"Try everything!" my fellow cheesemongers told me. "That way when people ask, you'll know."
The best way to learn about cheese is to eat it. In fact, it's the only way.
So after two weeks behind the cheese counter at my new job at a great NYC grocery store, I have a severe case of cheese belly.
Every time we start slicing a big wheel of cave aged Gruyere or a block of Grafton Village 4-Year Cheddar, a sliver makes its way to my mouth. I am especially curious to try what was new to me.
Hello Torta Mascarpone, layers of of Gorgonzola and milky Mascarpone in one creamy revelation. Look at all these cute "petit" cheeses from the Pyrenees! Why the mysterious addictive qualities of butterscotchy aged Gouda? What is pot cheese and farmer cheese, and why do so many old ladies love it?
I've gotten up close and personal with a dizzying cornucopia of cheese, been let loose in a top notch cheese playground. These are some of the ones I really love. You know, the ones I'm "tasting" even though I know full well what they taste like. I thought you might enjoy one or two of them too.
To Please A Crowd
I wondered why we sell such insane quantities of Midnight Moon from Cypress Grove in California. This stuff flies off the shelves. People ask for it constantly. At first bite, I didn't get what was the big deal. It was a nice, smooth, aged goat's milk cheese. The flavor was pleasant—clean and buttery and sweet. But it didn't knock my socks off
The thing about Midnight Moon is that everyone likes it. Cheese experts and newbies alike. It's a good pick for children, too. It's a happy cheese. Not challenging or funky, just likable and nonthreatening. It's the feel-good Blockbuster of the cheese department.
Not Just for Bagels
I've never thought of myself as a cream cheese lover. I've mostly relegated it as a vehicle for smoked salmon or a foundation for cheesecake. Until I got assigned the task of scooping a big bucket of Ben's Cream Cheese into little containers to sell. My coworkers kept approaching me with little spoons, squirreling bites and more bites of Ben's.
It smelled really good (who knew cream cheese could smell really good?), so I snagged a spoonful myself.
Wow. This is what cream cheese should be. It's free of gums and preservatives, and it tastes really pure, dense, and smooth. A punch in the face of cream cheese flavor.
Best Cheese with Bells and Whistles
Though many chefs and food-lovers in my life look down on truffle oil, truffle salt, truffle everything, I think an exception might be made for Moliterno with Black Truffles. Start with a salty, spicy aged sheeps' milk cheese from Sardinia. The truffles are infused into the cheese after it has some time to mature, so you get a really deep Pecorino-y flavors, and the earthy, satisfying truffle finish. Shave this over your scrambled eggs or gnocchi and make a simple dish special.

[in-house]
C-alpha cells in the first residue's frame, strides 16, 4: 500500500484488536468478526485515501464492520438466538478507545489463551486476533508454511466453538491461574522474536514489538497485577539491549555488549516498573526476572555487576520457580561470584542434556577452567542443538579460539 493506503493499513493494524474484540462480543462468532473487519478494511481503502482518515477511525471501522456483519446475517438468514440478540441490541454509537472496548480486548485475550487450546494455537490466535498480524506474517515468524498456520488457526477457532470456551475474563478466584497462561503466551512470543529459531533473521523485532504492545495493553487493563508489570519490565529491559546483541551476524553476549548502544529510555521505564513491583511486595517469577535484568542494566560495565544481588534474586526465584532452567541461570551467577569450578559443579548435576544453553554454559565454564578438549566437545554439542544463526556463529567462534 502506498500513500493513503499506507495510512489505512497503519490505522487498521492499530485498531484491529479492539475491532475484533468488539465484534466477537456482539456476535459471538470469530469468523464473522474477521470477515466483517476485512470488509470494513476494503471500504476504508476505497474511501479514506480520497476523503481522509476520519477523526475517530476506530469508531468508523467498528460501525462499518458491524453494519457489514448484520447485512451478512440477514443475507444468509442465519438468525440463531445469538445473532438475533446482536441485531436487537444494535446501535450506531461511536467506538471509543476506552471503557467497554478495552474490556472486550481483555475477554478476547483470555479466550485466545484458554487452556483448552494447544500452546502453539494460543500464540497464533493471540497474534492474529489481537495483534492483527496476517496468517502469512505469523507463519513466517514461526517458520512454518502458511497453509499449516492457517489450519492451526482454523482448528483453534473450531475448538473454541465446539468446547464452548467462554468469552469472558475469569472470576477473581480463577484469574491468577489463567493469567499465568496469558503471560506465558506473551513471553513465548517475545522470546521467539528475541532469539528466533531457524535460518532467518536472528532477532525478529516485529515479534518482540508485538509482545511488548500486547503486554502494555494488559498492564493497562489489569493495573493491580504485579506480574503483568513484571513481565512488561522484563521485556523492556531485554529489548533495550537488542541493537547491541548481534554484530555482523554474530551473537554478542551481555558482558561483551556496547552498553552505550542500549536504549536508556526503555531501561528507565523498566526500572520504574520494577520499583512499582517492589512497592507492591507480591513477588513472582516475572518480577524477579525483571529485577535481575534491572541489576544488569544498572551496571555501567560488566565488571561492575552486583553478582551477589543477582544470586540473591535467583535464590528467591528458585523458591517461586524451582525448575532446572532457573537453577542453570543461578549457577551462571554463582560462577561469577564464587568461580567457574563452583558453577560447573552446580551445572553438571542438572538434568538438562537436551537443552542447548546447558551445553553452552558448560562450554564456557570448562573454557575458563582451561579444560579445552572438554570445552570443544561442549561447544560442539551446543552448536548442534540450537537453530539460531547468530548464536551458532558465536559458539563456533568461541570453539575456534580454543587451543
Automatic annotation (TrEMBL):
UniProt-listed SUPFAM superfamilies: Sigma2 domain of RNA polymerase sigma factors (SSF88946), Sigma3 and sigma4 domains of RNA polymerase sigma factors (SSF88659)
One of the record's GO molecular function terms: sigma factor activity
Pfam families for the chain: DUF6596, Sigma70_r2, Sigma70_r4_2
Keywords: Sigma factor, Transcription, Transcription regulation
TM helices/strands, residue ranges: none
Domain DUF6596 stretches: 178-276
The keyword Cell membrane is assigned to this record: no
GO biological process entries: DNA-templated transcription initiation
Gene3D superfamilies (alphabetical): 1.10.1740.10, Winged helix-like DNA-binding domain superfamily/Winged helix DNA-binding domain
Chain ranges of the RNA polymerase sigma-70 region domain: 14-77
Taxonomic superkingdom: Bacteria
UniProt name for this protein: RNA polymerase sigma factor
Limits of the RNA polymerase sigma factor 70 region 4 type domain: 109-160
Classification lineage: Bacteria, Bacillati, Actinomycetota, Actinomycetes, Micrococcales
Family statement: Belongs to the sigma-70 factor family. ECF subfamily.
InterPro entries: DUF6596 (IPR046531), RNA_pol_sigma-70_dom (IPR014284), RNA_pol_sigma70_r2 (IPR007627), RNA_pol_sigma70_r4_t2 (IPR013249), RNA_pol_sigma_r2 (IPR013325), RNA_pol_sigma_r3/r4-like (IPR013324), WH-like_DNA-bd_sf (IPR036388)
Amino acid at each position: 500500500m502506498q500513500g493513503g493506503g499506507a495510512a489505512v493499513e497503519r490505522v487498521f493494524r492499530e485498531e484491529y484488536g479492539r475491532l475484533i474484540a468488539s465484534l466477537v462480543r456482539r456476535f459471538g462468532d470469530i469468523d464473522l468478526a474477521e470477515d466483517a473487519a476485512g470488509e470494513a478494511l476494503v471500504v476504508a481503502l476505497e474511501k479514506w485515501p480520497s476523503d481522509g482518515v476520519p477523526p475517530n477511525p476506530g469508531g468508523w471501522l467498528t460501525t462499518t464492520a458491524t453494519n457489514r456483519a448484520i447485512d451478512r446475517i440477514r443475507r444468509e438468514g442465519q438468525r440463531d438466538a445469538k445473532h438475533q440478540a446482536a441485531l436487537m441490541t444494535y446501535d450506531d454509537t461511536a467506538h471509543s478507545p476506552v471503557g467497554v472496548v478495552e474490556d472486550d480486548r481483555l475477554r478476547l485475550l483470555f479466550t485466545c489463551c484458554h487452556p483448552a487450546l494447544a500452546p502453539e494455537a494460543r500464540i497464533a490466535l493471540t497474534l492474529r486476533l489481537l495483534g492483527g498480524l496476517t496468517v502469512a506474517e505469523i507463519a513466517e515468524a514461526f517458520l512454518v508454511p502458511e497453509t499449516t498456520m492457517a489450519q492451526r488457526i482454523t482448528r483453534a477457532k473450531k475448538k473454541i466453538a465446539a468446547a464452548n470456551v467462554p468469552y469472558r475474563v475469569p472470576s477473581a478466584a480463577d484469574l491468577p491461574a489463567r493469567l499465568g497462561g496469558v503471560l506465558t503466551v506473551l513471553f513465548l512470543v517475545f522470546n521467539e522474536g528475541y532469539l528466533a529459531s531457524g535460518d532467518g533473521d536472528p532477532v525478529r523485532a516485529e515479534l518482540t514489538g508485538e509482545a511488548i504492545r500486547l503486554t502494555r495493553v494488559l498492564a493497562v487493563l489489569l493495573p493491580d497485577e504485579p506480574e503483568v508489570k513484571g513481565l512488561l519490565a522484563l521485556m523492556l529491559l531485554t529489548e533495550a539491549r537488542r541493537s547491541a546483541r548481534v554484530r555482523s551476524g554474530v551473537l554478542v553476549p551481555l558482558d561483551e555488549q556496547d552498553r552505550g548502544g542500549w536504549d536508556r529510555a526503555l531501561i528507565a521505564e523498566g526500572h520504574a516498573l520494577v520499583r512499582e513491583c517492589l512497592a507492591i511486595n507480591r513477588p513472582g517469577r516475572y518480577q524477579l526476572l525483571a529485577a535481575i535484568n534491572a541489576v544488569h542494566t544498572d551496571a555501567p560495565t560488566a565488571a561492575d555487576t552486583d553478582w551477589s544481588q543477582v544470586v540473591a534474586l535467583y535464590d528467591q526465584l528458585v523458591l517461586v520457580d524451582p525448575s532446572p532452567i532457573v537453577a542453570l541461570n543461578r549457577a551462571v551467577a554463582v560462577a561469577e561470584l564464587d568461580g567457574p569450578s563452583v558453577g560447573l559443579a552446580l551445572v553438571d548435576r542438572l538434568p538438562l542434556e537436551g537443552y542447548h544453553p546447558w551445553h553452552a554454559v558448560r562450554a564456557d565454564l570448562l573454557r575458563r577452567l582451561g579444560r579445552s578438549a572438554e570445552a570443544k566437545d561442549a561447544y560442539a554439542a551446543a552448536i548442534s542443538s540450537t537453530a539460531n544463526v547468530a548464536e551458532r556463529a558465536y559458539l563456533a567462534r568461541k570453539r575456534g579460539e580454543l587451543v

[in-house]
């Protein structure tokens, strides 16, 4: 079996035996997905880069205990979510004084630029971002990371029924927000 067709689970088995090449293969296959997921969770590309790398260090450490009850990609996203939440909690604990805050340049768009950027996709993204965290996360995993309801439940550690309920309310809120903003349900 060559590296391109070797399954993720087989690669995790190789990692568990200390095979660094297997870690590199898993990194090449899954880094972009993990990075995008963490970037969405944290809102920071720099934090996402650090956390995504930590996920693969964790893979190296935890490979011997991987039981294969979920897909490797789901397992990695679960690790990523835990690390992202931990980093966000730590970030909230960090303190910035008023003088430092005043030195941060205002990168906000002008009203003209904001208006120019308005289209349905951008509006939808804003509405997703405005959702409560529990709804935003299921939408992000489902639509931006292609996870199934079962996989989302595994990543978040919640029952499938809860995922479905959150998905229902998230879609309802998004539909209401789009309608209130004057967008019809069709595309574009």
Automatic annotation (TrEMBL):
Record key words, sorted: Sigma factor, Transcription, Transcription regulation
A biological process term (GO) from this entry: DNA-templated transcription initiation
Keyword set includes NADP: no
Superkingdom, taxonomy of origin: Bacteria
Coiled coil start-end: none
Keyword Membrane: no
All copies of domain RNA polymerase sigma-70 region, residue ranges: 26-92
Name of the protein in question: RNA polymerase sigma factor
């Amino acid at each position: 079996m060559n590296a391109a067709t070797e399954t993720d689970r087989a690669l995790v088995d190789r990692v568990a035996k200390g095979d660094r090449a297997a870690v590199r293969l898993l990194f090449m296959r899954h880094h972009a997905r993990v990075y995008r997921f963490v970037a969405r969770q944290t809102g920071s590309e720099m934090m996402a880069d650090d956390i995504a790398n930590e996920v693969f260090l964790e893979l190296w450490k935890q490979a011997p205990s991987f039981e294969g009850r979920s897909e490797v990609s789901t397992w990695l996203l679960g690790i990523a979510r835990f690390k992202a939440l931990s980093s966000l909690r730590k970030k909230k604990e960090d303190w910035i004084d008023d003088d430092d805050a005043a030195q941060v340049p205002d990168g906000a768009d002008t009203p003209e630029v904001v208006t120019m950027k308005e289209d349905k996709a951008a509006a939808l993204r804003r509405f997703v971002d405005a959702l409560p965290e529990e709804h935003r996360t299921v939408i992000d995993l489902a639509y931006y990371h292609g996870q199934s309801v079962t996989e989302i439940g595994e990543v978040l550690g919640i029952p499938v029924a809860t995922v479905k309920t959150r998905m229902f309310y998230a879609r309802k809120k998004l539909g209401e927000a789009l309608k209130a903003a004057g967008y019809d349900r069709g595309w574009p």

Best Tangy Find
I love the unique-ness of this cheese. Before I tasted it, I never encountered these flavors.
Serra de Estrela comes from way high up in the mountains of Portugal. The sheeps' milk gets coagulated with rennet from cardoon thistle, rather than the more common animal intestine, in a very traditional Portuguese style. It creates a savory, lingering flavor, totally multi-dimensional. It's not stinky, yet stinky cheese lovers seem to love it. It's definitely strong, and gets gooey with age, and makes for happiness when smeared liberally atop a baguette.
Parmigiano Reggiano might be the king of cheeses, but why not switch it up sometimes? I'm partial to Podda Classico, another cheese hailing from Sardinia. It's aged for a year, and develops the crystalline crunch of Parmesan. But there's also something hazelnutty and brown buttery on the finish. It's good for cooking and snacking both.
If you love Manchego, give Roncal a try. Roncal is the grandaddy of Manchego, another Spanish sheeps' milk wonder. You can almost taste the grass from the Roncal Valley that the sheeps have been grazing on, and the flavor is a little gamy and musty.
For Époisses Addicts
You should meet Le Petit Fiance des Pyrenees. It's one of the few soft raw milk cheeses available, and the crazy depth of flavor gives that away. Its a stinker and an oozer.
As a blue lover myself, I'm digging St Agur from Auvergne. It's a good blue enriched with cream. For blue with more of a blue bang, try Valdeon from Spain. It's prettily wrapped in sycamore leaves, and does well by any salad.
Everyone should have some great cheese in their lives. I'm a believer. What cheeses are you loving these days? What cheese discovery has brought you joy?
This post may contain links to Amazon or other partners; your purchases via these links can benefit Serious Eats. Read more about our affiliate linking policy.